New Orleans Talking to Max Klau, the chief program office for the New Politics Leadership Academy, about his new book, Race and Social Change: A Quest, A Study, A Call to Action on Wade’s World, I was struck that I was learning about veteran and contemporary programs that, frankly, I just had never heard about before. Mine was a smaller epiphany than Klau describes in his book, when as a younger psychology researcher he witnessed “separation game” at a Camp Anytown session that changed the trajectory of his life and study, and eventually focused his lifetime work.
Maybe you’re in the same boat where I was floating, so let me explain a bit. Camp Anytown is a youth leadership training experience that has been run for more than sixty years around the country by various branches of the National Conference for Community and Justice, a nonprofit formerly known as the National Conference of Christians and Jews. The programs, much like the conference itself, is focused on the inarguable core belief that if we know each other better and share time and experience, we are less likely to live with prejudice and bias. Camp Anyone picks diverse teens and, depending on the locality, runs the camp for three, six or a similar number of days.
One of the more dynamic and perhaps controversial parts of the camps is playing the “separation game” towards the end of the experience. The separation game, as described by Klau, begins by dividing the youngsters up by race and ethnicity. The whites eat first with unlimited seconds, and on down the line in the dining halls until the African-Americans end up eating almost nothing and having to sit on the floor. Over several exercises along these lines like whites watching videos while blacks do cleanup, young people then come together to discuss how race and ethnicity create divisions and discriminatory obstacles. You get the basic idea. Some embrace the experience as a microcosm of our society, while some others see it as manipulative.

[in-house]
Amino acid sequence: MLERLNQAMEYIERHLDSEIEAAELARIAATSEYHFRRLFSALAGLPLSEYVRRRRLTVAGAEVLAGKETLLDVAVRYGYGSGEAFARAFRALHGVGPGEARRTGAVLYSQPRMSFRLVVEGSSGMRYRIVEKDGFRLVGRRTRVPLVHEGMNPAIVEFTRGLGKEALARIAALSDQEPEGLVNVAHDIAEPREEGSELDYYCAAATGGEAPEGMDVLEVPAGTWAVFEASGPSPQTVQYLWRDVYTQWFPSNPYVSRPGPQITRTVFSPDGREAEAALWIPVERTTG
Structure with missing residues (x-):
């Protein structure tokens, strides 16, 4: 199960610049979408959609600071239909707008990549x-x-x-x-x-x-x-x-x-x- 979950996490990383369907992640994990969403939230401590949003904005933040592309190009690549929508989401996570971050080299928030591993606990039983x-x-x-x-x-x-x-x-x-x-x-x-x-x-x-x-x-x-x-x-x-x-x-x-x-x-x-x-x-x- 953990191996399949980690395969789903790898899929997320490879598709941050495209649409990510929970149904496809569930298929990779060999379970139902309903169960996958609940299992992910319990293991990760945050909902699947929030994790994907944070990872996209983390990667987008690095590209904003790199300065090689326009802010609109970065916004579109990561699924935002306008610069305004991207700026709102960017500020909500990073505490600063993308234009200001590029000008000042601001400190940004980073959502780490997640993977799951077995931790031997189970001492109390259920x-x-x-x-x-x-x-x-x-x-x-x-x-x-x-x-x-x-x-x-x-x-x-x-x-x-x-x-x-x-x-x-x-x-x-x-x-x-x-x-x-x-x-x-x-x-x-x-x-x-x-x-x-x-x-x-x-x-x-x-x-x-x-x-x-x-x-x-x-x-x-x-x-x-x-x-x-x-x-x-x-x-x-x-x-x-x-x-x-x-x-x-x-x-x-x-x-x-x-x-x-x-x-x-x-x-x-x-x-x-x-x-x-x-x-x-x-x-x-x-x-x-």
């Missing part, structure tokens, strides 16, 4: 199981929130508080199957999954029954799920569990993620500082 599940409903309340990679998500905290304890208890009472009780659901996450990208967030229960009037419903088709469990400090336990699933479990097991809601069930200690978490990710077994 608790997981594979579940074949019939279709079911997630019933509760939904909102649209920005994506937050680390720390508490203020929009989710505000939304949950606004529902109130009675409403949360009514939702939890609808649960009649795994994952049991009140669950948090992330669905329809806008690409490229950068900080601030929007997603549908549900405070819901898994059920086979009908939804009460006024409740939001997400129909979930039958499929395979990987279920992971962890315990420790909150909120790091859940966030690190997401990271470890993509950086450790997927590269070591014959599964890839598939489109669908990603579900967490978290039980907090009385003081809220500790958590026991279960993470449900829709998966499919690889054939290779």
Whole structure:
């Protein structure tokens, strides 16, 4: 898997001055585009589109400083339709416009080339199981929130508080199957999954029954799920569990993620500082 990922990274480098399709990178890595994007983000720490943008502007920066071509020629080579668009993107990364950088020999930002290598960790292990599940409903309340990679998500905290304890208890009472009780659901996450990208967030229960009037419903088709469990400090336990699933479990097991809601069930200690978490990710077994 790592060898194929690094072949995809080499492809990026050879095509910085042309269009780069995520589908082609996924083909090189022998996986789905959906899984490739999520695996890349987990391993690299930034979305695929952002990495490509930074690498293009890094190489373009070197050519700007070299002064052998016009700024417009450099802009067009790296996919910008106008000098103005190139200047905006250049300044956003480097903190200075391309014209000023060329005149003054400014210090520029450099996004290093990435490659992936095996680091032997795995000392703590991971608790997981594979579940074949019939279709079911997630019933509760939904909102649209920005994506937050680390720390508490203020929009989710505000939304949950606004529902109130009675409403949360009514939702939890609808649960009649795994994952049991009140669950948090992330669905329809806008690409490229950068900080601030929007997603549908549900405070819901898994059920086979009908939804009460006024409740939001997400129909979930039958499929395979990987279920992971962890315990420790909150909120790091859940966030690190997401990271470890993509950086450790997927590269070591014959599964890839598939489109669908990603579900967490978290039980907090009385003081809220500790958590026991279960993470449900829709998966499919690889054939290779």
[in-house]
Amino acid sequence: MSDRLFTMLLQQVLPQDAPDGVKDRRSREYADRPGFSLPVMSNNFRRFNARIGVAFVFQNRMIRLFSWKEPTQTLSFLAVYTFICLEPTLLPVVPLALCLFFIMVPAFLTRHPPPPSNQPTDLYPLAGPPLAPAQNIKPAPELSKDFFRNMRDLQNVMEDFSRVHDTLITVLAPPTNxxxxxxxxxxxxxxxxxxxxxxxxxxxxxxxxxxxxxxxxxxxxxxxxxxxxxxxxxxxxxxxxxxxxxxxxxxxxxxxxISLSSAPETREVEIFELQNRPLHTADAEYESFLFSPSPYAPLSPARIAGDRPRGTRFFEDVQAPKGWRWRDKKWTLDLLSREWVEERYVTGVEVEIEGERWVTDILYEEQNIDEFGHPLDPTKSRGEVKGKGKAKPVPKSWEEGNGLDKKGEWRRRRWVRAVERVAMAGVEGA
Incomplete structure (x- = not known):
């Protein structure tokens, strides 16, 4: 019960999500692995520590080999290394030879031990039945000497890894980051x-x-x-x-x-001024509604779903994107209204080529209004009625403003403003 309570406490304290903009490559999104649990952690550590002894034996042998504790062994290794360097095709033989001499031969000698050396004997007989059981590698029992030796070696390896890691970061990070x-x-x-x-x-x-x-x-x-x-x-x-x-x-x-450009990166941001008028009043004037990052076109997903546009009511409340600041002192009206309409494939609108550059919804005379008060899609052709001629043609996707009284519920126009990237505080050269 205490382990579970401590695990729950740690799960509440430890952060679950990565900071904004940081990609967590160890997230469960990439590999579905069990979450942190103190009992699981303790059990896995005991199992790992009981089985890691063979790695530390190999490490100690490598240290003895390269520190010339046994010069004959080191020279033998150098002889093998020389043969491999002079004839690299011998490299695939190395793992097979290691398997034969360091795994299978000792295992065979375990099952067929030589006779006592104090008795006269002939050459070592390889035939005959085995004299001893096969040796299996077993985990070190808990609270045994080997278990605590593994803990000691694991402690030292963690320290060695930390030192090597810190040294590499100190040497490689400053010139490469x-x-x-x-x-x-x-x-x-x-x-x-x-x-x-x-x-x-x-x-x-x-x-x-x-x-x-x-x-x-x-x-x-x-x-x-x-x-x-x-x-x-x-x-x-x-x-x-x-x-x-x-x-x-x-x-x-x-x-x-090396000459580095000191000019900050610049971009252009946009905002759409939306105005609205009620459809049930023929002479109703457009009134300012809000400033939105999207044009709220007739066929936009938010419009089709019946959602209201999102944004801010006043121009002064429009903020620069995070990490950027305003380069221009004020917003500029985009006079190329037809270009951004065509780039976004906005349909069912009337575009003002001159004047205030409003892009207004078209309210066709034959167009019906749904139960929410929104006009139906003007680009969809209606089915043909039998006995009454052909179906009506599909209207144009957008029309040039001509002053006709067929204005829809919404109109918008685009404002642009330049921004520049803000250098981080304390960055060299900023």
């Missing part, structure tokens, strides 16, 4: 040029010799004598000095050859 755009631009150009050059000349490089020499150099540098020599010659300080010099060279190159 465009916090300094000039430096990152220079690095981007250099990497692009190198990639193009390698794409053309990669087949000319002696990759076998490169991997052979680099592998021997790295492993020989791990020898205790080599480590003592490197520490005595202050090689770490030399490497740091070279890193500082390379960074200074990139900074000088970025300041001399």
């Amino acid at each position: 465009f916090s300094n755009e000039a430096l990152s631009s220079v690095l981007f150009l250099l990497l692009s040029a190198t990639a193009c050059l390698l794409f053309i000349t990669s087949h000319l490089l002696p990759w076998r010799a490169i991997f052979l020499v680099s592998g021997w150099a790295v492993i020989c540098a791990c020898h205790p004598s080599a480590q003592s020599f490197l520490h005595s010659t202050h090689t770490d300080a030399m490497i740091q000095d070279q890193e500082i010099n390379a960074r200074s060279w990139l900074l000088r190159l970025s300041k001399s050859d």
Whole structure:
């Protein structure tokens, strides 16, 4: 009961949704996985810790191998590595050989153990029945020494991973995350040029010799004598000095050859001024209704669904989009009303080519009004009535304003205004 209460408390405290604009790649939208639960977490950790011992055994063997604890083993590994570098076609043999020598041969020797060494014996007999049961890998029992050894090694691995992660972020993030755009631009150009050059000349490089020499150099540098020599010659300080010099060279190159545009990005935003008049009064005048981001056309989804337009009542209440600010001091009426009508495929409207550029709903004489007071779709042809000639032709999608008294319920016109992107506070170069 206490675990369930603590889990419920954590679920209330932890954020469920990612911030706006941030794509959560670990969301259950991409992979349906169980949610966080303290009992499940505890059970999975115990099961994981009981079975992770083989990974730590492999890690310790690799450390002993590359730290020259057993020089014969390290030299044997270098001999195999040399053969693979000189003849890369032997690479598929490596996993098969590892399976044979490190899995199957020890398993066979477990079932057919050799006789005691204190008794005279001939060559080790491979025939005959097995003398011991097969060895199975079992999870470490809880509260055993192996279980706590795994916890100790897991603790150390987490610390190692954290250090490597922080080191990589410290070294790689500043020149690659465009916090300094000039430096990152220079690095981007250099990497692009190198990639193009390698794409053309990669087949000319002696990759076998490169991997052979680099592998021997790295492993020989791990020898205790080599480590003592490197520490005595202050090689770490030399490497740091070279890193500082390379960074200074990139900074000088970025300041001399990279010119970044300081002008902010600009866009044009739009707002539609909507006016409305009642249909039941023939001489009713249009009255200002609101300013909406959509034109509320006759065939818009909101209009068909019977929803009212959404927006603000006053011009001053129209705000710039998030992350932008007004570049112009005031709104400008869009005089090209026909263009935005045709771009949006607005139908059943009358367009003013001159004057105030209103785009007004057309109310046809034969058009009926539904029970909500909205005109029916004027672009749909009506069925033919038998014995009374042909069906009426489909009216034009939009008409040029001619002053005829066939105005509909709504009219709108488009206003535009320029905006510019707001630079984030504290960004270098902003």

Klau’s epiphany convinced him that the more opposites are combined, the more they will attract rather than repel, contributing mightily to the strength of our society and democracy. He also details how this personal insight was cemented by a decade working with City Year, a program begun in Boston and now part of AmeriCorps, part of the US federal voluntary experiential service opportunity offering that includes armed service, VISTA, the Peace Corps, and similar options. City Year places teams of young folks into city schools to assist in learning experiences.
All of which has led Klau to advocate that a cure for our current national divisions would be a mandatory year of national service. Though tainted by the mandatory military draft ended after the Vietnam War, this is not a new idea. Certainly, it was advocated by former President Bill Clinton, and Klau says several of the latest crop of Democratic primary aspirants have said they support some version of this as well.
It’s hard to argue that a shared and unifying national experience wouldn’t be good for Americans now. It’s equally hard to handicap the odds for a mandatory year of national service becoming reality. National service may be like some of the programs and organizations like these that have hunkered down to do their part, unheralded, and little known, but able to continue to implement and promote ideas that also won’t die.